DeValkenaere arrived moments later in an unmarked GMC Sierra. He also drew his weapon before heading to the backyard of the property on the north side.
Neither Schwalm nor DeValkenaere asked Lamb’s roommate, Roberta Merritt, who was sitting on the porch when the detectives arrived, for permission to enter the property.
Schwalm testified that he contacted Lamb, who attempted to back the red truck into a narrow underground garage behind the house, but he refused commands to turn off the vehicle and step out of it.
It’s unclear if Lamb heard or understood Schwalm’s commands because he never responded. According to testimony from both officers, he also never looked at DeValkenaere after he approached the vehicle from the other side.
Schwalm, who was standing a few feet off the front driver’s side of the truck, said he remembered seeing Lamb’s hand with his fingers “splayed” out on the steering wheel at some point during the seconds-long encounter.
DeValkenaere, who kicked over a barbecue grill that served as a makeshift fence to enter the backyard, said from his vantage point looking through the truck’s passenger window, he saw Lamb begin to raise “a full-size polymer pistol” between the door and steering wheel aimed in Schwalm’s direction.
During the 9-second encounter from when DeValkenaere started toward the backyard to when he opened fire, the KCPD detective testified that he saw Lamb reach for the pistol but didn’t immediately fire because Lamb “posed no threat” and he thought he was attempting to hide the gun.
Schwalm said he never saw a weapon.
After seeing Lamb allegedly lift the gun toward his partner, DeValkenaere fired four rounds, shooting Lamb in the left upper chest — the fatal shot — as well as the right leg.
Neither Lamb nor Schwalm fired a weapon.
After he was shot, Lamb’s truck rolled backward down the sloped entrance to the garage and came to rest at an angle against the back of the garage.
It would be more than 20 minutes before emergency medical personnel, who declared Lamb dead, were allowed into the garage to assess his injuries.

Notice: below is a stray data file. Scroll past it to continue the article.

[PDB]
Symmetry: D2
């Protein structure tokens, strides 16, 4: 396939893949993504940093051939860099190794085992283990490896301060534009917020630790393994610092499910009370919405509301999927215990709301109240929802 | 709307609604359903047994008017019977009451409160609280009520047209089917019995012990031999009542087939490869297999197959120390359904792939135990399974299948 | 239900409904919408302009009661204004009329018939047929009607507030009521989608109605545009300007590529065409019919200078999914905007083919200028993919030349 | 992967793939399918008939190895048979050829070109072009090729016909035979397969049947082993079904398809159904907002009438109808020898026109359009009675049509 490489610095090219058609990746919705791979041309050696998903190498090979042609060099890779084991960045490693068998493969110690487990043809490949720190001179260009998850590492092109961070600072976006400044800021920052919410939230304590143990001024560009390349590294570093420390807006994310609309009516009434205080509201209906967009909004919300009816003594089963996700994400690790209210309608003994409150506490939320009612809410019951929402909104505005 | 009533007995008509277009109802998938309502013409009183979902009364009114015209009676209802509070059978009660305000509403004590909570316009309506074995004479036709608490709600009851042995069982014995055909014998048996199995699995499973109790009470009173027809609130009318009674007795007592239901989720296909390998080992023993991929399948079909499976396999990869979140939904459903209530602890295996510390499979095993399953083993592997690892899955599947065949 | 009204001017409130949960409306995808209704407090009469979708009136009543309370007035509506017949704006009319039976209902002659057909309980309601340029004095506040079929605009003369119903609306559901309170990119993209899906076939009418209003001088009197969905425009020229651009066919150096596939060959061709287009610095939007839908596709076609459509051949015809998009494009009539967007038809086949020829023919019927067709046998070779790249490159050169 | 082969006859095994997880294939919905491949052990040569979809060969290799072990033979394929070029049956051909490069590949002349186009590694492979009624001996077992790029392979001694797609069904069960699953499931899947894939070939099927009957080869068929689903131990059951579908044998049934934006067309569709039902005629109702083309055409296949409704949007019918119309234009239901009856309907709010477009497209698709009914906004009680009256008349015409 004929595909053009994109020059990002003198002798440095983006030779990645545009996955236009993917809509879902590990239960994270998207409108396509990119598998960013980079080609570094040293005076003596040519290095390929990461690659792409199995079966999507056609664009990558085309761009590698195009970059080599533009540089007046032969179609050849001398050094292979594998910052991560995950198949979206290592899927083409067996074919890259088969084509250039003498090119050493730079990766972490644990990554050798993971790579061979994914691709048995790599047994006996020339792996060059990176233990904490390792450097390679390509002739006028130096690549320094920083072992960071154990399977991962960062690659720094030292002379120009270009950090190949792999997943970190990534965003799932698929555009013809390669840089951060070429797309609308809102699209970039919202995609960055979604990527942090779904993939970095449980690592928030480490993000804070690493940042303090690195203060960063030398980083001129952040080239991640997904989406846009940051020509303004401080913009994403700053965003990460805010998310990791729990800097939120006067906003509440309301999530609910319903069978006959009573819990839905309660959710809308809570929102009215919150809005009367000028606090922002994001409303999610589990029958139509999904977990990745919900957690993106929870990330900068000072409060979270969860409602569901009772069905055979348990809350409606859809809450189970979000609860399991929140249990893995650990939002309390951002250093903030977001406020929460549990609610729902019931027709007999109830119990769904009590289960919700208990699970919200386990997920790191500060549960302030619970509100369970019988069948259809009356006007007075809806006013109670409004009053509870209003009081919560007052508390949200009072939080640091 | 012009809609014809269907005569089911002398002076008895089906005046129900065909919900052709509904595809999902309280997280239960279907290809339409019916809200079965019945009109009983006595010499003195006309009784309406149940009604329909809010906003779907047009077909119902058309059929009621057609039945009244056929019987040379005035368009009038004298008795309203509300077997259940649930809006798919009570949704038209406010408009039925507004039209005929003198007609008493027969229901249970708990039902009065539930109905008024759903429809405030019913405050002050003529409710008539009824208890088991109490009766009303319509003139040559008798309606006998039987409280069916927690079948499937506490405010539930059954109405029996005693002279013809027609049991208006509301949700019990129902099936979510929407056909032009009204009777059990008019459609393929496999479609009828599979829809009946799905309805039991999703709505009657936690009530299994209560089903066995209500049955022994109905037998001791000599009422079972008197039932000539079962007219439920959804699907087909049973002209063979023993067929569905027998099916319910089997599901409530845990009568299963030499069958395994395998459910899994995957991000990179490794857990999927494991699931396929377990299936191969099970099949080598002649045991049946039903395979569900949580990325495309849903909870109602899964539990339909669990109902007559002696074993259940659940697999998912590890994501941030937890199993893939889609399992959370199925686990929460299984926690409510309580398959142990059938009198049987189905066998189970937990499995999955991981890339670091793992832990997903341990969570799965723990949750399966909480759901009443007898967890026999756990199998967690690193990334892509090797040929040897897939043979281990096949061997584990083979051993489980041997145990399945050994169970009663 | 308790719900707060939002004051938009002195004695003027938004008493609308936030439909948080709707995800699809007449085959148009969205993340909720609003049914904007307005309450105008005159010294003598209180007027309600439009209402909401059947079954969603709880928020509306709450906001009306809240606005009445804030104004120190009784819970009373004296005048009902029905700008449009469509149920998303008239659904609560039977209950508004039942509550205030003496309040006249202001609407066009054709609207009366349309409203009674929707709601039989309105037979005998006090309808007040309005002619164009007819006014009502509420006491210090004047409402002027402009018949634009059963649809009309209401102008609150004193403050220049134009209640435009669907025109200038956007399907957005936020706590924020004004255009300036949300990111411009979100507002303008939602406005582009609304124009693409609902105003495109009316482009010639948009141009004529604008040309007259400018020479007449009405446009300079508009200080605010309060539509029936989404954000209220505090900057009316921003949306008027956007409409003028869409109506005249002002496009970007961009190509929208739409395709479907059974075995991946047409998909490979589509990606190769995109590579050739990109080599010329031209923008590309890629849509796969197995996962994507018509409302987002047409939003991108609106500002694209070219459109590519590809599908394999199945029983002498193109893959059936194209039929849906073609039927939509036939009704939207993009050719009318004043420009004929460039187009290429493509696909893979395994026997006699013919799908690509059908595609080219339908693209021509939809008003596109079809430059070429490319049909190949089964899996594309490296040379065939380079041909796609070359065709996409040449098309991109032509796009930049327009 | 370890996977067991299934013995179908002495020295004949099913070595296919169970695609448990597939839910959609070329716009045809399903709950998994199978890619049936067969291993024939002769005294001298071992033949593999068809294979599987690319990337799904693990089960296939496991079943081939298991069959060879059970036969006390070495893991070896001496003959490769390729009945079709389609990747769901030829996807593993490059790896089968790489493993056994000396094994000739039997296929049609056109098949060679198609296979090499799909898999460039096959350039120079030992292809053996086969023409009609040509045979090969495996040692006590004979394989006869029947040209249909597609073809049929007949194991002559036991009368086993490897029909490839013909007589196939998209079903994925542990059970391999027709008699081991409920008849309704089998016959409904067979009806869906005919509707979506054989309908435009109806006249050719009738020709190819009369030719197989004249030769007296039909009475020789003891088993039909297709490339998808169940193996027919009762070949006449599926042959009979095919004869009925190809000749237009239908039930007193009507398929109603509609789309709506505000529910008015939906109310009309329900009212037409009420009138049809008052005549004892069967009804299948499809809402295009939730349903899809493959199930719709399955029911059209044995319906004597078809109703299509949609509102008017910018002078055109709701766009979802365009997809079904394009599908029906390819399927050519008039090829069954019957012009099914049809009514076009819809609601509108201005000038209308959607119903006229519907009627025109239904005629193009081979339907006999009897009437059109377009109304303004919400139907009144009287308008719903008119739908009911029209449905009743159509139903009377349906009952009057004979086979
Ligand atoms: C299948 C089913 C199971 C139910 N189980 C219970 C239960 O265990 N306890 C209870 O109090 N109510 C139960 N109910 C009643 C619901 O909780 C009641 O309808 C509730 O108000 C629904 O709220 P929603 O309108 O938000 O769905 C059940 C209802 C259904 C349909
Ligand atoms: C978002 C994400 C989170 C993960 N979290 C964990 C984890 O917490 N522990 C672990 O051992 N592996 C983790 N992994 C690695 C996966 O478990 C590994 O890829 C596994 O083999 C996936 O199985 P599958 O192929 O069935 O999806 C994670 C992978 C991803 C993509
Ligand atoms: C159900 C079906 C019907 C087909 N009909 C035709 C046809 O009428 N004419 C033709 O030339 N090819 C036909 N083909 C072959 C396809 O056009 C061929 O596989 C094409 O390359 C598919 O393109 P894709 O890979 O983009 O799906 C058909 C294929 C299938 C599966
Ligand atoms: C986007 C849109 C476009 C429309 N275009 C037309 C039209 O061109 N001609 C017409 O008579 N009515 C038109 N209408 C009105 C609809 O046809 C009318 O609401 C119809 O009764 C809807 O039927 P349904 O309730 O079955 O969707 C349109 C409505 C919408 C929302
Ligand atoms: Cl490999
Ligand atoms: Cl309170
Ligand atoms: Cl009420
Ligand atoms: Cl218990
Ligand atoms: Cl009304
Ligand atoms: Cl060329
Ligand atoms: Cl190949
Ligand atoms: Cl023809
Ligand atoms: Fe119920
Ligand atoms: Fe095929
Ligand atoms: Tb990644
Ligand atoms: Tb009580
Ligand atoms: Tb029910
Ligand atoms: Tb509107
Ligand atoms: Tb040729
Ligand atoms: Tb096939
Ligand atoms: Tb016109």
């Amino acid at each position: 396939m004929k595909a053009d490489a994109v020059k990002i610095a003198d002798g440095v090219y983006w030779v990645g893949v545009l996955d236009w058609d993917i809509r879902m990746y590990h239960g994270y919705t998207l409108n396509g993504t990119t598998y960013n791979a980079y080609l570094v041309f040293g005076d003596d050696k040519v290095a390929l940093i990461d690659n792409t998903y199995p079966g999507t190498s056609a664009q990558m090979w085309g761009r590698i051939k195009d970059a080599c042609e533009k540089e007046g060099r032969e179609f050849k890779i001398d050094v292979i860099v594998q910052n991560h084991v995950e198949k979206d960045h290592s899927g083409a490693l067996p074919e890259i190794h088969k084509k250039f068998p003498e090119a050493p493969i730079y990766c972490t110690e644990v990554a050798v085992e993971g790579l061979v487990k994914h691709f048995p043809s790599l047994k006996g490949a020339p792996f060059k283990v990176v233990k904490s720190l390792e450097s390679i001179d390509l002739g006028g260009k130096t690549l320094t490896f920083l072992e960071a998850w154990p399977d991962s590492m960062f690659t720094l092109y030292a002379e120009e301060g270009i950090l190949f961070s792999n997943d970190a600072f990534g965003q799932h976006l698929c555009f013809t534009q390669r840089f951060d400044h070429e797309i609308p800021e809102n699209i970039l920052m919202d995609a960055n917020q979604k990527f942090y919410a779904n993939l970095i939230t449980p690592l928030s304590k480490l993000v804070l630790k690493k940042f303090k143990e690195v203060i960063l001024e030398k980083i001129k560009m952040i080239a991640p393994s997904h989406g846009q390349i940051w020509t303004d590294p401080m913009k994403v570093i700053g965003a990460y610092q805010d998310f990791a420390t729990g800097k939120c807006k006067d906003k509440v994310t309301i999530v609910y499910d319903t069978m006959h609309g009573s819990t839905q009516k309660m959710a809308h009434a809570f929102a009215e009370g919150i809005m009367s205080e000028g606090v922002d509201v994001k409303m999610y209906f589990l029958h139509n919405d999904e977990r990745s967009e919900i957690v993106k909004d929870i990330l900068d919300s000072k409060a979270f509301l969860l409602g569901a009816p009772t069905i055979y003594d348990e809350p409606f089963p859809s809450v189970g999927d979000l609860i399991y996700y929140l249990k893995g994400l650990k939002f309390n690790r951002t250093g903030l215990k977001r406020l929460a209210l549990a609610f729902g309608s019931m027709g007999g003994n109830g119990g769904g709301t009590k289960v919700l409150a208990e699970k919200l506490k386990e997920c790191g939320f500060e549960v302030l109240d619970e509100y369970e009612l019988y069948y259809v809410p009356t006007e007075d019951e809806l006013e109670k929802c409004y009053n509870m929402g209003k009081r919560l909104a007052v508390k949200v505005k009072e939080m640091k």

During that time, arriving KCPD tactical personnel entered and cleared the garage of danger. Some officers testified to seeing a gun, but others said they never saw the weapon that police investigators reported finding on the garage floor below Lamb’s left hand, which came to rest hanging out of the open driver’s side window.
Merritt testified that she knew Lamb, who ran a mechanic business from the house, owned a gun and often kept it in the truck, but she said she saw it on the garage steps that morning — not far from where it was eventually found — when Lamb wasn’t home.
The prosecution insinuated that evidence detailed in police reports might have been staged or manufactured, including the location of the gun and items found on Lamb’s body that weren’t initially discovered at the scene but showed up during the autopsy on Dec. 4, 2019, at the Jackson County Medical Examiner’s Officer.
Prosecutors — including trial attorney Tim Dollar, who assisted the Jackson County Prosecuting Attorney’s Office on the case — questioned why DeValkenaere could be heard on a voicemail captured after Lamb placed a call shortly before the shooting yelled “keep your hands up” unless his hands had been up at the time of the shooting.
They also questioned why DeValkenaere relayed information about other parties possibly having been at the house earlier in the day with weapons when he had no evidence of any such activity.